Sounds ominous for Auburn, but good for Oregon. If Auburn is found guilty and has to give up the BCS title, Oregon should inherit it! Then again, the NCAA is grilling Oregon about recruiting illegalities. If the Ducks are guilty, I wonder how they determine who gets the title as third place team. If the Auburn quarterback is found to have become ineligible because of charges involving illegal money for his father, maybe his Heisman would revert to the second place player, who happens to be from Oregon. Then again, he’s the focus of the recruiting investigation. But that’s another story.

George Beres, Eugene


EPUD today doesn’t read like the EPUD I used to know! I served on the Metro Waste Water Commission with Katherine Schacht and we worked together to serve the ratepayers with the best service possible. Katherine devoted many extra hours to make sure the public was well taken care of and with low rates, and she never missed the necessary details. When I read the R-G article it was hard to believe it was about the Katherine I knew and I had to wonder if maybe she was asking too many of the right questions to the wrong people. Any whistleblowers stepping forward?

Ruth Duemler, Eugene


The entire flap over reciting the Pledge of Allegiance including Fox’s professional handling of it and the number of responses they received from outraged conservatives nationwide has been wonderful source of entertainment for me.

I think every liberal in Eugene owes Fox News a sincere, heartfelt thank you for deterring legions of right-wingers from ever stepping foot in our fair city.

Even if the city were swimming nude in a sea of cash we could never afford to buy that amount of positive publicity.

Now there are millions of quiet, out-of-town liberals who are thinking “Golly gee, if Fox News hates Eugene so much and all council members ride their bikes naked, we might fit right in. Let’s move to Eugene today!”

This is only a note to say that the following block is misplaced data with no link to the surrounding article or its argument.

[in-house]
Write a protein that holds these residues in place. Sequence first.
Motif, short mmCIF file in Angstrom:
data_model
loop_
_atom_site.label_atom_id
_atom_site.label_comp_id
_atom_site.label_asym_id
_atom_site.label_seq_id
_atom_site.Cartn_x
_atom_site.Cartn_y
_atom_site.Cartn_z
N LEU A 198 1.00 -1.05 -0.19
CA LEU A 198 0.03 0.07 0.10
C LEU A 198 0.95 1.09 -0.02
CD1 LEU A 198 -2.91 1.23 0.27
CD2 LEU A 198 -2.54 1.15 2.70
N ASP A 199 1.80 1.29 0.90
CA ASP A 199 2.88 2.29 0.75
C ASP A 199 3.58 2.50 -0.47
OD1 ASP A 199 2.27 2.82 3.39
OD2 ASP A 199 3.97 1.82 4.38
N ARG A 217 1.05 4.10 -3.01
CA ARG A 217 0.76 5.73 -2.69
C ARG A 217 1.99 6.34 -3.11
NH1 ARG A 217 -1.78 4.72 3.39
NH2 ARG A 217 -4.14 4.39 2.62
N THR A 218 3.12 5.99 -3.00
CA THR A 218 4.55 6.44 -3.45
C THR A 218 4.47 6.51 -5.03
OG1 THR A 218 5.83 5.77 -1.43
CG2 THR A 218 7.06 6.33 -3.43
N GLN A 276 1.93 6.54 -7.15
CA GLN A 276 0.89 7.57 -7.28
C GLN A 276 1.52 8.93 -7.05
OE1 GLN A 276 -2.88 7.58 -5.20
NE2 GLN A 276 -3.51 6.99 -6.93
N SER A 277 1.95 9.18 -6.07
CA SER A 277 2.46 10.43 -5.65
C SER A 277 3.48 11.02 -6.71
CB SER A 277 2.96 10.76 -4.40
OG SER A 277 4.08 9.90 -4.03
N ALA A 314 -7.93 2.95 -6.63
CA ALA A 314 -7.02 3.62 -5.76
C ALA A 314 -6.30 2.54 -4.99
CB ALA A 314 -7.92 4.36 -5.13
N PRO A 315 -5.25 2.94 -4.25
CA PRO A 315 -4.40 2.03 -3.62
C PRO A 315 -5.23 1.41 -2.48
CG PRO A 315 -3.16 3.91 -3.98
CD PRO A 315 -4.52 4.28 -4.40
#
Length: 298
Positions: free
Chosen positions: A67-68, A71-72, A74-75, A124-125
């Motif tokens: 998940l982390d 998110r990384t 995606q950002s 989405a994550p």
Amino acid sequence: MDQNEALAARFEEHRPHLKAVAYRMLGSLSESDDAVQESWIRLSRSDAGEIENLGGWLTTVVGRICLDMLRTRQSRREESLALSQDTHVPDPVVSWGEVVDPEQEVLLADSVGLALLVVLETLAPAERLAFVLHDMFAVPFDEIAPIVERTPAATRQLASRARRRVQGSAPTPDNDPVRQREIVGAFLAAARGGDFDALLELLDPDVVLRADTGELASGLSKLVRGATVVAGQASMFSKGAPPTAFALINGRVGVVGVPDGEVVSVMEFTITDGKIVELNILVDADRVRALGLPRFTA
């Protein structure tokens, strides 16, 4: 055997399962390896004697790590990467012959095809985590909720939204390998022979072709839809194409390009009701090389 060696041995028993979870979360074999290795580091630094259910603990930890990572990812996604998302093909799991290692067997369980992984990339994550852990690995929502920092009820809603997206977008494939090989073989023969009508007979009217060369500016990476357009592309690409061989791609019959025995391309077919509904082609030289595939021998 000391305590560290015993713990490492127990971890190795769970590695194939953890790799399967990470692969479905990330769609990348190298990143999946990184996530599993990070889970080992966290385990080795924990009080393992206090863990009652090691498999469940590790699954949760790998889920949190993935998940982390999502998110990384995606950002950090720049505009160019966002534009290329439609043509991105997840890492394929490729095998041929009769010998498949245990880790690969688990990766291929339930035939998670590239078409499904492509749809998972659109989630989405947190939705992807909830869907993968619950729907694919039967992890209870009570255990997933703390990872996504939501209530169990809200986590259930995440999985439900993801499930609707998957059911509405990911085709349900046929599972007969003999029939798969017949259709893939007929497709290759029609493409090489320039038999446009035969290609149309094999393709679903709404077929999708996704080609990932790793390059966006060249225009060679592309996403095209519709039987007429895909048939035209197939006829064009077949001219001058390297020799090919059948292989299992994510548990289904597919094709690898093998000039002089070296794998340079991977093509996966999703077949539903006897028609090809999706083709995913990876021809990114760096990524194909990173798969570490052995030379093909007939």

Tim Neun, Eugene


I didn’t know whether to laugh or cry at Stephanie Golubski-Stark’s comments (letters, 7/21) about George Brown not reciting the Pledge of Allegiance. Given that most conservatives/Tea Partiers and Libertarians are so anti-federal government I would have thought they would see George’s refusal as supporting freedom for each state. In reality, all Oregon elected officials should uphold what is engraved on the Capitol building in Salem:

“A free State is formed and is maintained by the voluntary union of the whole people joined together under the same body of laws for the common welfare and sharing of benefits justly apportioned.” 

That’s what our elected officials should be pledging to uphold. 

Dr. Virginia Lubell aka Wintergreen, Eugene


Since I don’t drink beer because it tastes yucky to me, I was happy to see on the cover of EW’s “State of Suds” July 14 that beer is 50 percent bullshit.

Bob Saxton, Eugene




We would like to express our gratitude to Mel Pyne, outgoing CEO of PeaceHealth Oregon, for his service to our community. We especially want to thank him for his leadership with making sure that the new Nurse Midwifery Birth Center was built near the RiverBend campus. 

Our daughter was born recently in the peaceful, home-like setting of the new Birth Center. We have been impressed by the care and support that we have received from everyone who works there. Our community is so lucky to have this health care facility for women and families filled with caring and dedicated certified nurse midwives, nurses, lactation consultants, and staff. 

Thank you, Mel, and best wishes.

Eleanor Vandegrift and Deven Holmgren, Eugene